US 4185329 A
An improved welder's shield for electric arc welding comprising a flexible gasket secured to and protruding from the inside surface of the face mask. The gasket circumscribes the viewing window of the mask and flushly meets the face of the wearer about his eyes to provide a curtain thereabout and to prevent indirect radiation from being passed thereto by reflection or otherwise. The shield is preferably provided with a pivot point, when the face mask is secured to the head harness, located so that the mask, when being moved from or to face shielding position, is not obstructed in its movement by interference of the facial features of the wearer by the gasket.
1. A welder's shield for use with an electric arc welding system, the shield comprising a face mask having front and side wall portions for extending in front and to the sides of the face of a wearer, and viewing means in the mask to protect the eyes of the wearer against direct radiation from the arc but to permit him to see his work, the improvement comprising a flexible gasket protruding from the inside surface of the face mask, the base of which gasket includes separable fastening means cooperating with mating fastening means on the inside surface wherein said gasket is removably secured to that inside surface, the gasket circumscribing the viewing means, to flushly meet the face of the wearer and encircle his eyes to prevent indirect radiation from being reflected thereto, the shield further comprising a head harness and the mask being directly secured to the head harness by a pivot located on a vertical extension that projects above the head encircling portion of the harness for unobstructed movement of the shield from a position above the face of the wearer to a face shielding position or vice versa, manually operable means for adjustably securing the face mask in these positions or positions therebetween.
2. A welding shield according to claim 1, wherein the pivot point for the face mask is located so that the mask, when being moved from or to face shielding position, lifts away from the face of the wearer so that his normal facial features do not obstruct movement of the gasket and mask.
3. A welder's shield according to claim 1, wherein means are provided for urging the face mask gently towards the face of the wearer when the face mask is at and near face shielding position for flush engagement of the gasket with the face of the wearer.
4. A welder's shield according to claim 3, wherein a spring means cooperates with the adjustable securing means of the face mask to urge the face mask towards the face of the wearer as the face mask approaches face shielding position.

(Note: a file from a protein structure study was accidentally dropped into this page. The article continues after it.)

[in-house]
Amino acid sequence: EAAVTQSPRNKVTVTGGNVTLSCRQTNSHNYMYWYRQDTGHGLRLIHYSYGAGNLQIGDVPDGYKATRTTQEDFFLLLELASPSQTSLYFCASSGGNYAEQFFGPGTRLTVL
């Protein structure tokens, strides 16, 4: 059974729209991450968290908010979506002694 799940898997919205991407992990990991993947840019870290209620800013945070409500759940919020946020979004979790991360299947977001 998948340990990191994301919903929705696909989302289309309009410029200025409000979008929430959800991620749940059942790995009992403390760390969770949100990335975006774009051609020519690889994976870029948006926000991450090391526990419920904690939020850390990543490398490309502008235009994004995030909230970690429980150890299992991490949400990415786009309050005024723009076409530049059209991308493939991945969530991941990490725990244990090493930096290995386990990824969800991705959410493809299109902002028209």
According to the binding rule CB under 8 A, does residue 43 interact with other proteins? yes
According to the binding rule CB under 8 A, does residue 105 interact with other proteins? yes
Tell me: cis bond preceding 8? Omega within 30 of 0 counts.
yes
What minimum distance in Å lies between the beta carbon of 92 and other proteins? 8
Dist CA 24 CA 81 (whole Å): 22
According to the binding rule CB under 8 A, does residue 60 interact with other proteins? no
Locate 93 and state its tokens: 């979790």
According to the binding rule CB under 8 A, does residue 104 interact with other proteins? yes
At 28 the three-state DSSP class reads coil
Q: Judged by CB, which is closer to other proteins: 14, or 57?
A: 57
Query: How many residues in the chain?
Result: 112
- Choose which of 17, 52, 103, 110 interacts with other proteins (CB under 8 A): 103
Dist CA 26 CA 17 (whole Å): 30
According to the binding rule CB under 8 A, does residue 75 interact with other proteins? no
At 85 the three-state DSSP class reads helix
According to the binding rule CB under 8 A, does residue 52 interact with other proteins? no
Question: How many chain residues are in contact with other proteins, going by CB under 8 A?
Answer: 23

5. A welding shield according to claim 1, wherein the side of the gasket which contacts the wearer's face is tapered to increase its flexibility and provide improved contact with the face of the wearer.
6. A welder's shield according to claim 1, wherein the gasket is to circumscribe only the eyes of the wearer.
7. A welder's shield according to claim 1, wherein the gasket is to circumscribe only the eyes and nose of the wearer.
8. A welder's shield according to claim 1, wherein the gasket is to circumscribe only the eyes, nose and mouth of the wearer.
9. A welder's shield according to claim 8, wherein the gasket is further provided with filter means to remove impurities from the air breathed by the wearer.
10. A welder's shield according to claim 9, wherein the filter means is replaceable.
11. A welder's shield according to claim 1, wherein a bracket means removably secures the gasket to the inner surface of the face mask.
In the drawings, similar features have been given similar reference numerals.
While the invention will be described in connection with specific example embodiments thereof, it will be understood that it is not intended to limit the invention to that embodiment. On the contrary it is intended to cover all alternatives, modifications and equivalents as may be included within the spirit and scope of the invention as defined by the appended claims.
Turning first to FIG. 1, there is shown a prior art helmet having face mask 2 pivotally secured at pivot 4 to head harness 6. Viewing means 8 consists of a window, preferably of a darkened or opaque glass, which permits the wearer to see the arc and the work area, but to shield his eyes, at the same time, from the ultra-violet radiation and other harmful radiation given off by the arc. This darkened glass may be hinged so that it may be swung out of position if the wearer wished to view his work, for example, without the darkened glass obstructing his view. The face mask shown in both face shielding position and position raised above the head of the welder includes frictional means for securing the helmet in either of these positions or positions intermediate thereto.
Turning to FIG. 2 there is shown a welder's shield according to the present invention having face mask 2 with front and side wall portions to extend in front of and to the sides of the face of the wearer. The face mask illustrated is pivotally secured to head band 6 at pivot means 18, for movement from a face shielding position to a position above the face of the wearer as shown in this FIG. (of course, this invention applies to other types of arc welding shields such as the hand-held type previously referred to). Pivot means 18 also permits adjustably securing the face mask in these positions or positions therebetween. Viewing means 8, consisting of a darkened or opaque glass window in the face mask, protects the eyes of the wearer against direct radiation from the welding arc, but permits him to see his work. Head band 6 is adjustable to fit the head of the wearer.